I walked into the multiplex cinema,
Through a metal detector at the door;
There my bag they checked at random,
As trailing me a lengthy queue strode.
Inside I turned around, awaiting my friend,
Just as a silver haired couple, inward trod;
They didn’t get past the check post as I had,
As they held tight, a packet of a fried snack.
The man was clad in a faded cotton lungi,
High above wrinkled ankles the lady wore–
A sari, old, worn, as the age their faces bore;
With childlike excitement their eyes shone.
As I watched, a manager briskly strode–
A walky-talky, an upright stern look in tow;
He repeated what they’d been told before,
The fries in cellophane they’d have to forgo.
The couple blushed, conscious of the crowd–
As they asked the manager, why this was so?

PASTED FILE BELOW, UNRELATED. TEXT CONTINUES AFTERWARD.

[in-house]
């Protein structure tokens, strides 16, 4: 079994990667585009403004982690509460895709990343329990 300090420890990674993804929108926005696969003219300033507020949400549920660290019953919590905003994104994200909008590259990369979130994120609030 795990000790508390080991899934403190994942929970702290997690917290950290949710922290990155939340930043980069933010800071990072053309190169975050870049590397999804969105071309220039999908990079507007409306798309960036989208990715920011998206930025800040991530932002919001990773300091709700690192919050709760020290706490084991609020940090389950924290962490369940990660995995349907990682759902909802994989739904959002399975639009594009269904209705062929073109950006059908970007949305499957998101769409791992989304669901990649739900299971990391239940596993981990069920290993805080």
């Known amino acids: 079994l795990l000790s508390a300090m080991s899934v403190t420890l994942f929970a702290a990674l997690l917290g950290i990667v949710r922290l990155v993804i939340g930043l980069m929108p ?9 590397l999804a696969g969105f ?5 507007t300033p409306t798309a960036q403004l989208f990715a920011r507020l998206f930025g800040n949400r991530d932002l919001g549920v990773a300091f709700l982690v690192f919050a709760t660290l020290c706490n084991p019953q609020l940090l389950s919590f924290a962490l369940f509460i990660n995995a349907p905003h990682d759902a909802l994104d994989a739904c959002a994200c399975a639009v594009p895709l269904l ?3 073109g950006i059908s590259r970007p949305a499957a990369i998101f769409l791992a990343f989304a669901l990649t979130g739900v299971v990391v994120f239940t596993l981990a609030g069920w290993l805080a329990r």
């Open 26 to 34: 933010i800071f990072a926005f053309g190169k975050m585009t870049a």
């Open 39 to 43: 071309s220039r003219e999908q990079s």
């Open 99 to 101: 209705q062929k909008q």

I stared at the deflated faces, their eyes aglow,
Abashed I shifted my gaze firmly to the floor.
But the manager shook his head vehemently,
Insisted they could not go past this porch–
To a first row seat, at ten rupees each per show,
With this packet that probably cost them more?
Looking at me shyly, they walked out the door–
With dejected eyes, smiles in place once more.
They would snack together, without this show–
At the first row hearing munches from back rows.
I stood rooted at the glare of humanity so stark,
Then related it to my friend looking at me in shock:
My face was contorted in pain, as I’d not implored,
To buy pricey food in lieu of their dignity indoors.
As the movie rolled out at length, all I truly saw–
Was it the back of the couple’s heads, shaking in mirth?
Validating a system that deprived them of a film show:
Pricing tickets at Rs. ten…but their delight it ignored.
PS: In Chennai all front row seats in cinemas cost Rs.10.